Rolling Thunder set to take final ride this Memorial Day weekend

Jeffrey Greenberg/UIG via Getty Images(NEW YORK) -- “Ride for Freedom”, comes to a close this Memorial Day weekend, bringing to an end a 31-year tradition of Rolling Thunder veterans riding motorcycles through the streets of Washington D.C., according to the event's organizers.

The spectacle started in 1988 and has gradually accumulated support – netting more than a half a million participants last year – and pays tribute to American veterans.

Former Army Sgt. Artie Muller, a 73-year-old Vietnam veteran and co-founder of Rolling Thunder, told the Military Times that costs have become too much to handle at the national level.

"It's just a lot of money," Muller said in an interview with the publication on the ending of the national ride.

Muller said harassment from Pentagon security and local police also played a role in the eradication of the ride.

Pentagon spokesperson Sue Gough pushed back on these claims in a statement to ABC News in December.

"The department supports the peaceful, lawful exercise of American citizens' First Amendment rights, and remains focused on ensuring the safety and security of the demonstrators and the Pentagon Reservation," Gough said. "The department is prepared to support the 2019 Rolling Thunder ride, as we have for the last 31 years."

According to the group, Rolling Thunder began as a demonstration to raise awareness about those who served in Vietnam. Muller previously told ABC News that he hopes that supporters will become involved in the 90 Rolling Thunder state chapters across the country, which are starting their own 2020 Memorial Day Weekend demonstrations.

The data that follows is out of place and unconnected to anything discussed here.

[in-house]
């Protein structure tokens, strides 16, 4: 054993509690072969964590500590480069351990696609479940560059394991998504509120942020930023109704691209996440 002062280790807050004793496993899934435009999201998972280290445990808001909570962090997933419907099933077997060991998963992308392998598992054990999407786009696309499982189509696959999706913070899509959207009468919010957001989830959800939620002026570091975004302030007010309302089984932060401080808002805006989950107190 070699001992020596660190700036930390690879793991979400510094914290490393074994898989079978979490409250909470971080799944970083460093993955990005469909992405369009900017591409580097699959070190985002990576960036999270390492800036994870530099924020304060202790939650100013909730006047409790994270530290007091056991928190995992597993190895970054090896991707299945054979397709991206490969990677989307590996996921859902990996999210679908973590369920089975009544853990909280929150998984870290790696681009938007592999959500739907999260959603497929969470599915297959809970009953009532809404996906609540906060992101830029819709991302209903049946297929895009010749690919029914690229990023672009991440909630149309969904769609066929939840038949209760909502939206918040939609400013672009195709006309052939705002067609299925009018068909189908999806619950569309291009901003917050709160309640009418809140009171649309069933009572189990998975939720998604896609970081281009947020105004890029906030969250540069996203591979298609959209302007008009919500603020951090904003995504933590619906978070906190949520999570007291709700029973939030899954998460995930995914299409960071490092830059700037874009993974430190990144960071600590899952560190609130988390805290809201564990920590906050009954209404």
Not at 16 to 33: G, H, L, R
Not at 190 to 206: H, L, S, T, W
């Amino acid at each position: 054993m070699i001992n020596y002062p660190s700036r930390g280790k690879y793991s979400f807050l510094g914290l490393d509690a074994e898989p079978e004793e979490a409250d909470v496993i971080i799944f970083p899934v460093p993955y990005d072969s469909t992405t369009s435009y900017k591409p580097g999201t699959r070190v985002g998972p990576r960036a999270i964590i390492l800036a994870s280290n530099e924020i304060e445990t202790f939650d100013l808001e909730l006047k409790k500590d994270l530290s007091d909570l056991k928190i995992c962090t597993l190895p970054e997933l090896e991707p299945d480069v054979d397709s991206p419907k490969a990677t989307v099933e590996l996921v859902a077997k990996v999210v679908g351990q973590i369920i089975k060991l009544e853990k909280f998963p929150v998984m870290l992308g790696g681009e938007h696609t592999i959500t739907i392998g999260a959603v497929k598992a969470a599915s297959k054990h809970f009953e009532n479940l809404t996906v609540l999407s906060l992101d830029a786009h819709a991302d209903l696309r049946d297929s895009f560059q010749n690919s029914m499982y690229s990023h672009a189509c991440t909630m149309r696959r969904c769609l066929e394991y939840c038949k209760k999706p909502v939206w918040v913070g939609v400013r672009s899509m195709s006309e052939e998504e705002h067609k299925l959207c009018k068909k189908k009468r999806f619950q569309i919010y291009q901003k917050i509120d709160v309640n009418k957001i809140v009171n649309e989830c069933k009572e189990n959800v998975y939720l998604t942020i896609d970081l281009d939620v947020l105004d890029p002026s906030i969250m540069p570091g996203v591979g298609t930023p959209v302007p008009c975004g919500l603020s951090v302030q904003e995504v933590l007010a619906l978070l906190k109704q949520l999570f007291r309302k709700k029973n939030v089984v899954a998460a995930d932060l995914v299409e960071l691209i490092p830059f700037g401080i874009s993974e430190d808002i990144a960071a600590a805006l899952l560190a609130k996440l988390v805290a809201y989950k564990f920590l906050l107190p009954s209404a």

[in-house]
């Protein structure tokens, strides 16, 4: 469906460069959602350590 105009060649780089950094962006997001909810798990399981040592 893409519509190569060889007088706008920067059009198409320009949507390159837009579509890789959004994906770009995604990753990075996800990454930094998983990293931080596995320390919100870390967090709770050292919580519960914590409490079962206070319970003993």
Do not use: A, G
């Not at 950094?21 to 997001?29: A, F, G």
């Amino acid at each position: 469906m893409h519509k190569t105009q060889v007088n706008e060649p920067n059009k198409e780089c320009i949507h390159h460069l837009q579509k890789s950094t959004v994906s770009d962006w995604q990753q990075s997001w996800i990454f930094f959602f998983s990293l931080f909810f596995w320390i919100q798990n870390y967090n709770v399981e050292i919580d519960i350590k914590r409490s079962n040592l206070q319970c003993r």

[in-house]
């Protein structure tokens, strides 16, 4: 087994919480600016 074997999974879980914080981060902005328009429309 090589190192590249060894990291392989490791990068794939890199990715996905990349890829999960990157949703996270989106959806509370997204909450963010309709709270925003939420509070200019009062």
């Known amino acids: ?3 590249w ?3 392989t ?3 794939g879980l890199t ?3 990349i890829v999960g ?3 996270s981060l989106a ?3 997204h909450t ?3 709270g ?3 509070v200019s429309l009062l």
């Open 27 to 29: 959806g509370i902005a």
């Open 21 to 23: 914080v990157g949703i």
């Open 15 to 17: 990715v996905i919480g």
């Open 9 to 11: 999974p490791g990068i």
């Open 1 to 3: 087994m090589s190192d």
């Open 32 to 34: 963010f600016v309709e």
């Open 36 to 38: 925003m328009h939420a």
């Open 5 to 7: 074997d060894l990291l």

To kick off the weekend, the event will begin Friday evening with the “Blessing of the Bikes” at Washington National Cathedral. This is followed by a candlelight vigil at the Vietnam Veterans Memorial.

The final ride will be Sunday at noon followed by a speech from Veterans Affairs Secretary Robert Wilkie.

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Parents brawl during youth baseball game after disagreeing with 13-year-old umpire

Parents brawl during youth baseball game after disagreeing with 13-year-old umpirefstop123/iStock(LAKEWOOD, Colo.) -- A baseball game between a group of 7-year-old kids degenerated into an all-out brawl with parents throwing haymakers, other cowering for cover and a woman even jumping on someone's back.

The reason for the brawl: a parent didn't like the calls being made by a 13-year-old umpire.

The fight began at Westgate Elementary School in Lakewood, Colo., a suburb southwest of Denver, on Saturday at about noon as 15 to 20 adults got into a violent tussle, according to Lakewood police.

The brawl was still ongoing as Lakewood police arrived at the scene.

These adults took over the field and began assaulting each other on 6/15 during a youth baseball game. We're looking for any info, in particular to ID the man in the white shirt/teal shorts. Several people have already been cited in this fight and injuries were reported. pic.twitter.com/ieenhwCrbU

— Lakewood Police (@LakewoodPDCO) June 18, 2019

Police issued four citations for disorderly conduct, but said they are still searching for others involved in the fight.

Police are looking for an adult in a white T-shirt and teal shorts in particular because he can be seen in the video throwing sucker punches at people looking in the other direction. Police said it is unknown if this person is a parent of one of the children in the game.

There were a few minor injuries and one person suffered serious bodily injury, police told ABC News. No details on the injury were available.

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